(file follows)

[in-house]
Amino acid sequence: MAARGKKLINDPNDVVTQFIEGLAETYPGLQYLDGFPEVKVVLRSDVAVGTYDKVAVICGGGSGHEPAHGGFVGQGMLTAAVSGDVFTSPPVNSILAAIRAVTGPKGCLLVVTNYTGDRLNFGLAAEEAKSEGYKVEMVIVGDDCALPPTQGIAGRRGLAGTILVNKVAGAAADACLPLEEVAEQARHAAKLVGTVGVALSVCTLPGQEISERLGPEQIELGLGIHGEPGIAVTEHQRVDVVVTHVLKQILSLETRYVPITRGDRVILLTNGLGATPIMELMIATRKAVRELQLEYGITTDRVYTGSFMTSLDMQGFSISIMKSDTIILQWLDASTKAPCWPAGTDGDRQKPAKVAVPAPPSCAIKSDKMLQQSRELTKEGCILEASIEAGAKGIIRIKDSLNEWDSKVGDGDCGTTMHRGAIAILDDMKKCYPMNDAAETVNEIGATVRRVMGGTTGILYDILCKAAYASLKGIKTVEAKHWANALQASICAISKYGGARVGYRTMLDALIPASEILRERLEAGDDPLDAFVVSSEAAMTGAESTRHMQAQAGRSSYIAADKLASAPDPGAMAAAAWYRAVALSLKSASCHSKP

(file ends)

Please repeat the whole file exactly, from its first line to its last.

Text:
[in-house]
Amino acid sequence: MAARGKKLINDPNDVVTQFIEGLAETYPGLQYLDGFPEVKVVLRSDVAVGTYDKVAVICGGGSGHEPAHGGFVGQGMLTAAVSGDVFTSPPVNSILAAIRAVTGPKGCLLVVTNYTGDRLNFGLAAEEAKSEGYKVEMVIVGDDCALPPTQGIAGRRGLAGTILVNKVAGAAADACLPLEEVAEQARHAAKLVGTVGVALSVCTLPGQEISERLGPEQIELGLGIHGEPGIAVTEHQRVDVVVTHVLKQILSLETRYVPITRGDRVILLTNGLGATPIMELMIATRKAVRELQLEYGITTDRVYTGSFMTSLDMQGFSISIMKSDTIILQWLDASTKAPCWPAGTDGDRQKPAKVAVPAPPSCAIKSDKMLQQSRELTKEGCILEASIEAGAKGIIRIKDSLNEWDSKVGDGDCGTTMHRGAIAILDDMKKCYPMNDAAETVNEIGATVRRVMGGTTGILYDILCKAAYASLKGIKTVEAKHWANALQASICAISKYGGARVGYRTMLDALIPASEILRERLEAGDDPLDAFVVSSEAAMTGAESTRHMQAQAGRSSYIAADKLASAPDPGAMAAAAWYRAVALSLKSASCHSKP